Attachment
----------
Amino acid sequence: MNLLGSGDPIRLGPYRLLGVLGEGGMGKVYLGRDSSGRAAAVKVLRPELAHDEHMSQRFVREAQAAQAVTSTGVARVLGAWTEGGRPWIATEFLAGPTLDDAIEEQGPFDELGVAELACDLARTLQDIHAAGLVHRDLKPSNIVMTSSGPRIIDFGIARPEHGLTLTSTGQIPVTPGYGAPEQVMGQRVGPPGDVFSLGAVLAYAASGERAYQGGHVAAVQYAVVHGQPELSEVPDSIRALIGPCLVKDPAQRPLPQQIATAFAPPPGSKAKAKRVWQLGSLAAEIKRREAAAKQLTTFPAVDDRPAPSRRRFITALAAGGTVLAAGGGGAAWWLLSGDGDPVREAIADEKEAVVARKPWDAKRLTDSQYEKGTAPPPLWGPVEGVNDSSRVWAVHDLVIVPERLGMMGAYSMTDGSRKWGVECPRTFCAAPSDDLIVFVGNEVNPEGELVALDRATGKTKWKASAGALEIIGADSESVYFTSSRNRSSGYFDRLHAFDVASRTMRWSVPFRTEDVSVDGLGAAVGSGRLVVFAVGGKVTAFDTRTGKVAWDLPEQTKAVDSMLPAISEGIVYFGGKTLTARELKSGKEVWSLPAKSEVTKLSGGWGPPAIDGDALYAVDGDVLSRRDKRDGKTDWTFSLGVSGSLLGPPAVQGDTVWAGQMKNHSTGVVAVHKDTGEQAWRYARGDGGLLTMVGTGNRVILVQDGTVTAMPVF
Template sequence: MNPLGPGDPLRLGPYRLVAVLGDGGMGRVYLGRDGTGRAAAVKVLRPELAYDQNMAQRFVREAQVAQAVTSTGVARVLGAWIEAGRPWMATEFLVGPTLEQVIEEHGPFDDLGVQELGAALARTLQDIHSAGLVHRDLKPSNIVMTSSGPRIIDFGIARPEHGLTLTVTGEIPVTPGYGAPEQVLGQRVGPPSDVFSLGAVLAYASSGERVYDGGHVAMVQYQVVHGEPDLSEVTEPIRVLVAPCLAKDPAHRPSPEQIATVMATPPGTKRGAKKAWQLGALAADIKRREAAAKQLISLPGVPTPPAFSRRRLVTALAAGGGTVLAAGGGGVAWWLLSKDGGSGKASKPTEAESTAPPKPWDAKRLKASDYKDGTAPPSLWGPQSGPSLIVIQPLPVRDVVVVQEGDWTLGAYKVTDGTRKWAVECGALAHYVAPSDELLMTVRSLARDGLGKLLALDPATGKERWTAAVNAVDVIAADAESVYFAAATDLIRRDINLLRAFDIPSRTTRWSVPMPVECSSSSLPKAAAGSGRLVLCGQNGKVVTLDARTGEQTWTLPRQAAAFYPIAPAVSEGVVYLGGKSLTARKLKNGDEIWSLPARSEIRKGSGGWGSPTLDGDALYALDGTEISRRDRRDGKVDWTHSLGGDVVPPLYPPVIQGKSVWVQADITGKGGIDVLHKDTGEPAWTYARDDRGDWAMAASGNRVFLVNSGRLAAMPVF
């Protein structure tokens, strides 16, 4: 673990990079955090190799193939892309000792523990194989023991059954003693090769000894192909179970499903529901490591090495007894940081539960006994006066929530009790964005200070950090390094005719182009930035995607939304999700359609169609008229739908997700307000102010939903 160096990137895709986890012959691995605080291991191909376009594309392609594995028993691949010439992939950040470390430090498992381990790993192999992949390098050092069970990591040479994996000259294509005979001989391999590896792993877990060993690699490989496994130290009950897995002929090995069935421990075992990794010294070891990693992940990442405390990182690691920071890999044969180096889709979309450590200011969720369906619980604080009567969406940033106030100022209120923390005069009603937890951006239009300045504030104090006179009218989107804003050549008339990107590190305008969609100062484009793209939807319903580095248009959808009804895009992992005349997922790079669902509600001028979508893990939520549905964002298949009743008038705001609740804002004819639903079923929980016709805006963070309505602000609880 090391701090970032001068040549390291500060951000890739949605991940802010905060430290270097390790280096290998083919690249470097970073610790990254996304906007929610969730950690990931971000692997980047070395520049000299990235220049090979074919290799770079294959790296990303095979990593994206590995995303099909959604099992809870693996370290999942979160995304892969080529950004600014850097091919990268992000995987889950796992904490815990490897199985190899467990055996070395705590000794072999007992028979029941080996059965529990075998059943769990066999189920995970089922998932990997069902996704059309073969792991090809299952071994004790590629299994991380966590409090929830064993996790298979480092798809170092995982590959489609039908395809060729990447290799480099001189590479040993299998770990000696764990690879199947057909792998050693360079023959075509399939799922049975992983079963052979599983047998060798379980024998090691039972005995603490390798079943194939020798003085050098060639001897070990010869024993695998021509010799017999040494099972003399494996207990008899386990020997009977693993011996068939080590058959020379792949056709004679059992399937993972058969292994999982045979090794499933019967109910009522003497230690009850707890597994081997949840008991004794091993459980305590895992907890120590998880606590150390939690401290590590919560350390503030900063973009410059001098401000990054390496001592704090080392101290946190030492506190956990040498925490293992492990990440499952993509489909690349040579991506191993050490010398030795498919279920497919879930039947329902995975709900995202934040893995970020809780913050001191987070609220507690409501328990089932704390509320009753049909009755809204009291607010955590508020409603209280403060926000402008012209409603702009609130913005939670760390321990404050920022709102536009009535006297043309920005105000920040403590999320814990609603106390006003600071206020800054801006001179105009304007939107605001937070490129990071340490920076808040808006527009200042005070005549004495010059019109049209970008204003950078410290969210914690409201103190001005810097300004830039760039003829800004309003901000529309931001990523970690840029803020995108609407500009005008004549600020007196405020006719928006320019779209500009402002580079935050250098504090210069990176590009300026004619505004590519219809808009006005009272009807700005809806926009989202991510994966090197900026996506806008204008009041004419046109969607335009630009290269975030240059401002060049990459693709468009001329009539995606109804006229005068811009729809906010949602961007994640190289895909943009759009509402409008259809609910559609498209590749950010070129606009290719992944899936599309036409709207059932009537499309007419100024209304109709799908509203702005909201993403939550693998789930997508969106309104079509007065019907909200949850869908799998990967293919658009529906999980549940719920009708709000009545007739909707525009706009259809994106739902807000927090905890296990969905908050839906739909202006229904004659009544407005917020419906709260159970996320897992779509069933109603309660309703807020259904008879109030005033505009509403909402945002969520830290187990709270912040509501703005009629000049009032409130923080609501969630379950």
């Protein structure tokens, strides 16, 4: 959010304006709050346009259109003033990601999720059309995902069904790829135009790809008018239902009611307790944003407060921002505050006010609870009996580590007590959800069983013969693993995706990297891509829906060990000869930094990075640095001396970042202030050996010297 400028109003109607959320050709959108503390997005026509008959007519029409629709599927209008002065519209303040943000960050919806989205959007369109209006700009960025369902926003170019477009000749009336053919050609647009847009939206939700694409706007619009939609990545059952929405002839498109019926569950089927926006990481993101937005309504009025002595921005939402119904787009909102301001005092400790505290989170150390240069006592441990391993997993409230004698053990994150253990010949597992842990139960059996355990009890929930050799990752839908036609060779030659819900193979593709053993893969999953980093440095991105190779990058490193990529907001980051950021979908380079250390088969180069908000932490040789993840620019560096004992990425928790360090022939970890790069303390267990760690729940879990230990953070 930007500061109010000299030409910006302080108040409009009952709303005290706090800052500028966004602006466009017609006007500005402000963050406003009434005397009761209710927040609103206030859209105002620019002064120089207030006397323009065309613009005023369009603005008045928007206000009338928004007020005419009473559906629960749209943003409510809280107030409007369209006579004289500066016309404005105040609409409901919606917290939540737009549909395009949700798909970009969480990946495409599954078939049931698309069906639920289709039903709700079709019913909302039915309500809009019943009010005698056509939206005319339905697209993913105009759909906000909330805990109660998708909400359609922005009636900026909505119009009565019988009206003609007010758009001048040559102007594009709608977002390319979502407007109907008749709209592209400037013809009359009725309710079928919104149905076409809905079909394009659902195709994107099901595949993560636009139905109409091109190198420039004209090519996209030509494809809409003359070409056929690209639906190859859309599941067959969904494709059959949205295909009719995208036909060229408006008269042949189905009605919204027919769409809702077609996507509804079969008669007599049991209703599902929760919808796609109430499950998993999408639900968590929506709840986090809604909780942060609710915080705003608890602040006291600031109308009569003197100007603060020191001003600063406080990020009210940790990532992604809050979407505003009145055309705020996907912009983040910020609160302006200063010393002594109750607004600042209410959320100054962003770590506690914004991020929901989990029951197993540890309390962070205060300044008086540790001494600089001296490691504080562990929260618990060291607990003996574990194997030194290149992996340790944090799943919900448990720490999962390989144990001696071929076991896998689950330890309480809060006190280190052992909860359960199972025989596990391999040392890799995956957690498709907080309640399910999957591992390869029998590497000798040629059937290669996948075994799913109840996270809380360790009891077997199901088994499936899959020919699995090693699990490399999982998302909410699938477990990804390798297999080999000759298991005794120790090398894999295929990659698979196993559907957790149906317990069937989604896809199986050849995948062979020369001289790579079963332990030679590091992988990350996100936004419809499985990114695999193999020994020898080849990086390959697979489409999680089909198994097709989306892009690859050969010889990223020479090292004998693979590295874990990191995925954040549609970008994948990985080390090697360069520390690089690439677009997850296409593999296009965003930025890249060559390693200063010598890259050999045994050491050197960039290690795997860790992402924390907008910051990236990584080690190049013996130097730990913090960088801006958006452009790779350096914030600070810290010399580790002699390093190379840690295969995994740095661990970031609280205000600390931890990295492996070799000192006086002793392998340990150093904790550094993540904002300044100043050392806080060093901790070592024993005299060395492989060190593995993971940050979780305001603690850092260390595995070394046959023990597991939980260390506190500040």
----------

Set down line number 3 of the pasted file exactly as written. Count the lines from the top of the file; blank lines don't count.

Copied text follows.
């Protein structure tokens, strides 16, 4: 673990990079955090190799193939892309000792523990194989023991059954003693090769000894192909179970499903529901490591090495007894940081539960006994006066929530009790964005200070950090390094005719182009930035995607939304999700359609169609008229739908997700307000102010939903 160096990137895709986890012959691995605080291991191909376009594309392609594995028993691949010439992939950040470390430090498992381990790993192999992949390098050092069970990591040479994996000259294509005979001989391999590896792993877990060993690699490989496994130290009950897995002929090995069935421990075992990794010294070891990693992940990442405390990182690691920071890999044969180096889709979309450590200011969720369906619980604080009567969406940033106030100022209120923390005069009603937890951006239009300045504030104090006179009218989107804003050549008339990107590190305008969609100062484009793209939807319903580095248009959808009804895009992992005349997922790079669902509600001028979508893990939520549905964002298949009743008038705001609740804002004819639903079923929980016709805006963070309505602000609880 090391701090970032001068040549390291500060951000890739949605991940802010905060430290270097390790280096290998083919690249470097970073610790990254996304906007929610969730950690990931971000692997980047070395520049000299990235220049090979074919290799770079294959790296990303095979990593994206590995995303099909959604099992809870693996370290999942979160995304892969080529950004600014850097091919990268992000995987889950796992904490815990490897199985190899467990055996070395705590000794072999007992028979029941080996059965529990075998059943769990066999189920995970089922998932990997069902996704059309073969792991090809299952071994004790590629299994991380966590409090929830064993996790298979480092798809170092995982590959489609039908395809060729990447290799480099001189590479040993299998770990000696764990690879199947057909792998050693360079023959075509399939799922049975992983079963052979599983047998060798379980024998090691039972005995603490390798079943194939020798003085050098060639001897070990010869024993695998021509010799017999040494099972003399494996207990008899386990020997009977693993011996068939080590058959020379792949056709004679059992399937993972058969292994999982045979090794499933019967109910009522003497230690009850707890597994081997949840008991004794091993459980305590895992907890120590998880606590150390939690401290590590919560350390503030900063973009410059001098401000990054390496001592704090080392101290946190030492506190956990040498925490293992492990990440499952993509489909690349040579991506191993050490010398030795498919279920497919879930039947329902995975709900995202934040893995970020809780913050001191987070609220507690409501328990089932704390509320009753049909009755809204009291607010955590508020409603209280403060926000402008012209409603702009609130913005939670760390321990404050920022709102536009009535006297043309920005105000920040403590999320814990609603106390006003600071206020800054801006001179105009304007939107605001937070490129990071340490920076808040808006527009200042005070005549004495010059019109049209970008204003950078410290969210914690409201103190001005810097300004830039760039003829800004309003901000529309931001990523970690840029803020995108609407500009005008004549600020007196405020006719928006320019779209500009402002580079935050250098504090210069990176590009300026004619505004590519219809808009006005009272009807700005809806926009989202991510994966090197900026996506806008204008009041004419046109969607335009630009290269975030240059401002060049990459693709468009001329009539995606109804006229005068811009729809906010949602961007994640190289895909943009759009509402409008259809609910559609498209590749950010070129606009290719992944899936599309036409709207059932009537499309007419100024209304109709799908509203702005909201993403939550693998789930997508969106309104079509007065019907909200949850869908799998990967293919658009529906999980549940719920009708709000009545007739909707525009706009259809994106739902807000927090905890296990969905908050839906739909202006229904004659009544407005917020419906709260159970996320897992779509069933109603309660309703807020259904008879109030005033505009509403909402945002969520830290187990709270912040509501703005009629000049009032409130923080609501969630379950």